The popularity of daytime continuing storylines in the 1970s with housewives, college students and even professionals, saw college professors at universities such as Yale, Princeton, Michigan and New York offering courses in soap operas teaching everything from scripts to structure (basic story concept, core characters) to researching subjects on soaps (the issues dealt with) and fan mail. One student made known in 1977, "We had to watch a serial every day, analyze the week of shows every week, write 7 papers, and take a test on the basic concepts of serials. This was in addition to thrice-weekly lectures." Students would also get to meet performers and writers of different programs. One instructor had each student wrote 5 scripts for a soap of their choice. 

By 1983, some 4 to 5.5 million viewers each day reportedly watched 'All My Children', 'One Life To Live' and 'General Hospital'. Its success, 'One Life To Live' producer Jean Arley told the press at the time, "It's like a Dickensian novel. It's fantasyland and entertainment, and problems that anyone can empathize with and that you don't get in any other medium. We have an opening night every day." Gloria Monty of 'General Hospital' added, "I used more nighttime techniques. We also put in a new storyline, more humor, more scenes in each episode, new actors, got away from organ music into modern ballads and generally made it faster paced. I borrowed a lot of romanticism, which I just love." 

The soap opera, 'Ryan's Hope', created by Paul Avila Mayer and Claire Labine ran between July 1975 and January 1989. Set in Manhattan, 'Ryan's Hope' followed the hopes and dreams and passions and loves of the middle class Irish Catholic immigrant Ryan family of New York City. 'Ryan's Hope' became the first daytime drama to use a real setting for a soap opera, breaking many traditional molds, because New York City was "both contemporary and urban centered." Viewers followed the Ryans who never lost their faith in the American Dream. In all, there were 3 "nicely contrasting families" depicted: the upper class Beaulacs, the middle class Ryans and the Coleridges.

Actor John Saxon who played the sheik Rashid Ahmed on 'Dynasty' made the comment in 1985, "Daytime serials are the nicely kept secret which suddenly spawned nighttime serials, which are among the biggest successes on TV. And I would much rather do a scene that deals with the intricacies of relationships than do a series of car crashes." One professional following a daytime soap confessed, "One of the reasons I keep watching is because I'm invested in the characters. Having a history with a character makes you want to see what's going to happen. Even though some of the storylines are cookie-cutter and played out, I still want to see them."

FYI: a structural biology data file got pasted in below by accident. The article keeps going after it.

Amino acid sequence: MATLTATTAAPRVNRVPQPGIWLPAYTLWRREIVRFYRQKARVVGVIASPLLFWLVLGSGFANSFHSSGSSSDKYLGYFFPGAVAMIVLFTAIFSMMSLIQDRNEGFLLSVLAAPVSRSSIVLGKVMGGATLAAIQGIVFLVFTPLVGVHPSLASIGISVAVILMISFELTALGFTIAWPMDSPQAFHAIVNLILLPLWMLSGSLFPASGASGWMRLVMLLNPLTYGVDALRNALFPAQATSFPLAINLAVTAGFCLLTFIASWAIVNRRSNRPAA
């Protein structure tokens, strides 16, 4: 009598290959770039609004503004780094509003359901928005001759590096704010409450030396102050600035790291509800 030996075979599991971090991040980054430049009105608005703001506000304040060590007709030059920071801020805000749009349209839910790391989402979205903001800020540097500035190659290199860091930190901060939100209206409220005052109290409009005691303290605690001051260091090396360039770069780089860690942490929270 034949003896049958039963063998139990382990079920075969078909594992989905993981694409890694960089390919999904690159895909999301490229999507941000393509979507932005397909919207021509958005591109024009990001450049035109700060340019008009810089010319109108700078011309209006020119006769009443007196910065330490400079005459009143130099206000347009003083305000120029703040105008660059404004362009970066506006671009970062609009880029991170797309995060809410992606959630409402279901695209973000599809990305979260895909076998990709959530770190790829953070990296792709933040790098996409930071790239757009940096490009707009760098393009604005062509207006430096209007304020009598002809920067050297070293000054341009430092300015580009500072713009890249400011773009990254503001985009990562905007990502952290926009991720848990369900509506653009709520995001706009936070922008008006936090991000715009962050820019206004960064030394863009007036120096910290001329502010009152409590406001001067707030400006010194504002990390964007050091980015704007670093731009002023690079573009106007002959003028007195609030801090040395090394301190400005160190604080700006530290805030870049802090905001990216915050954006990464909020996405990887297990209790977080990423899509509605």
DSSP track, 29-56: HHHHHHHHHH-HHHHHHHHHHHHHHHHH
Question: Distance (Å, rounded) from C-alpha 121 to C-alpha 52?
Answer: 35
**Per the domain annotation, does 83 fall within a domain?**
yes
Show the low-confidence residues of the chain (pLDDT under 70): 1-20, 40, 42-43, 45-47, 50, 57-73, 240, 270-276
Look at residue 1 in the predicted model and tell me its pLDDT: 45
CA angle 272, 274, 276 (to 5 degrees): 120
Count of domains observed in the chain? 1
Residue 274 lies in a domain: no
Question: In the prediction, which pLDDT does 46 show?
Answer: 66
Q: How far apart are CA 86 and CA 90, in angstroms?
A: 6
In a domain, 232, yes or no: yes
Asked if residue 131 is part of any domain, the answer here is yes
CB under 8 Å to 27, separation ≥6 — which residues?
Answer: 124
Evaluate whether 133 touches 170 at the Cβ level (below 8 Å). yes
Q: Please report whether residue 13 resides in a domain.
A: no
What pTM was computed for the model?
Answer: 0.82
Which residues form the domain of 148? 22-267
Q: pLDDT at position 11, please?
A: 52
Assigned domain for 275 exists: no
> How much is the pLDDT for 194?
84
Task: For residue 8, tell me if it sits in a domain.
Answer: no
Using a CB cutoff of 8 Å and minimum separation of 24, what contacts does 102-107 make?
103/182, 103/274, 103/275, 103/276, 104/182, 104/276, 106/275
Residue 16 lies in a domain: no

To help understand middle class, Fred Yoder from the Department of Sociology at the State College of Washington explained in 1934: "Middle class democracy was the distinctive social movement of the 19th century. It was a revolt against the old aristocratic order of Europe. Free land and economic opportunity in America made common men worthwhile, gave them social status, boldness for self-assertion, and finally, political independence. Free land made men free in America. No monarchical government, no class society could long survive in America.

"...Middle class democracy makes a strong appeal to human nature. Its basic assumptions inspire, flatter, and give hope and promise to common men. Its tenets are simple. By nature every man has a right to liberty, property, and the pursuit of happiness. All men are born free and equal. Each man is the best judge of his own interests. Left free to pursue their own individual interests men will, at the same time, achieve their own best good and the greatest social good.

"Laissez-faire (policy of no interfering) is the ideal for industry. Allow all persons to participate in government, but govern as little as possible, and industry flourishes and the general social welfare is enhanced. Given the opportunity to vote and the common man will become an alert and intelligent citizen. He will become the interested and omni-competent citizen. Universal suffrage, liberty, individualism, and laissez-faire are the best roads to the good life.

"If there be weaknesses in democracy, let there be more democracy. So runs the philosophy of democracy. And the people have prospered and fared well under middle class democracy. The old economic restrictions and privileges were largely abolished. Middle class governments promoted new manufacturers, trade, commerce, and agriculture. The great industrial revolution of machines, power, factories, and highly organized corporations, given free play under democracy, brought mass production. New resources have been tapped in every part of the world.

"The energies of men and the captains of industry were released. The standard of living in all the democratic, industrial countries rose rapidly during the last half of the 19th century. Democratic systems of education were inaugurated in all these countries. Individual liberty was increased. The masses voted and helped to rule. Middle class democracy brought greater economic and cultural opportunities than the masses had ever known. The masses liked democracy so long as their standard of living rose under its beneficial rule."

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